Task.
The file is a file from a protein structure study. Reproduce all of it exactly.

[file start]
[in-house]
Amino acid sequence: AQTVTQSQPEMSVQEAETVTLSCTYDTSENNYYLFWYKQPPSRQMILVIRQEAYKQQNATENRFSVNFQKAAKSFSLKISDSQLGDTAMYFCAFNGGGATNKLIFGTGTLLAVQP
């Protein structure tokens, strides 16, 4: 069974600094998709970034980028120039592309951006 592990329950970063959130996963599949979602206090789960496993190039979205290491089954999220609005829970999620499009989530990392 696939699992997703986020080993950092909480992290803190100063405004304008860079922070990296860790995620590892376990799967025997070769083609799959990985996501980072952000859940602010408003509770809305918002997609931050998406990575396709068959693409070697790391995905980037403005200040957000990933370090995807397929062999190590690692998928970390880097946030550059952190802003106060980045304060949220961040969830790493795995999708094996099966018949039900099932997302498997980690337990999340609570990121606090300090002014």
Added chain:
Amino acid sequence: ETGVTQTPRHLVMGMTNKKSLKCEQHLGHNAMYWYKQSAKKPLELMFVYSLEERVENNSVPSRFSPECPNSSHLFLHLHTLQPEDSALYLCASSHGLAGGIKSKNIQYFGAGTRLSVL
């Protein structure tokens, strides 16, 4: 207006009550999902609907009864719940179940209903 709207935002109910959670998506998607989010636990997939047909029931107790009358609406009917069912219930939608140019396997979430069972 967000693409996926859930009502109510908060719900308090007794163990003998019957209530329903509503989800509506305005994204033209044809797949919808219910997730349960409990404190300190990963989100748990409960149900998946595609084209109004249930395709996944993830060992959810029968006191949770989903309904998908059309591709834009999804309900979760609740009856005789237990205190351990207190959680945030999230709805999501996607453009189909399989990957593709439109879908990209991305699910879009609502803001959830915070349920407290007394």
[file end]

[in-house]
Amino acid sequence: AQTVTQSQPEMSVQEAETVTLSCTYDTSENNYYLFWYKQPPSRQMILVIRQEAYKQQNATENRFSVNFQKAAKSFSLKISDSQLGDTAMYFCAFNGGGATNKLIFGTGTLLAVQP
């Protein structure tokens, strides 16, 4: 069974600094998709970034980028120039592309951006 592990329950970063959130996963599949979602206090789960496993190039979205290491089954999220609005829970999620499009989530990392 696939699992997703986020080993950092909480992290803190100063405004304008860079922070990296860790995620590892376990799967025997070769083609799959990985996501980072952000859940602010408003509770809305918002997609931050998406990575396709068959693409070697790391995905980037403005200040957000990933370090995807397929062999190590690692998928970390880097946030550059952190802003106060980045304060949220961040969830790493795995999708094996099966018949039900099932997302498997980690337990999340609570990121606090300090002014």
Added chain:
Amino acid sequence: ETGVTQTPRHLVMGMTNKKSLKCEQHLGHNAMYWYKQSAKKPLELMFVYSLEERVENNSVPSRFSPECPNSSHLFLHLHTLQPEDSALYLCASSHGLAGGIKSKNIQYFGAGTRLSVL
């Protein structure tokens, strides 16, 4: 207006009550999902609907009864719940179940209903 709207935002109910959670998506998607989010636990997939047909029931107790009358609406009917069912219930939608140019396997979430069972 967000693409996926859930009502109510908060719900308090007794163990003998019957209530329903509503989800509506305005994204033209044809797949919808219910997730349960409990404190300190990963989100748990409960149900998946595609084209109004249930395709996944993830060992959810029968006191949770989903309904998908059309591709834009999804309900979760609740009856005789237990205190351990207190959680945030999230709805999501996607453009189909399989990957593709439109879908990209991305699910879009609502803001959830915070349920407290007394």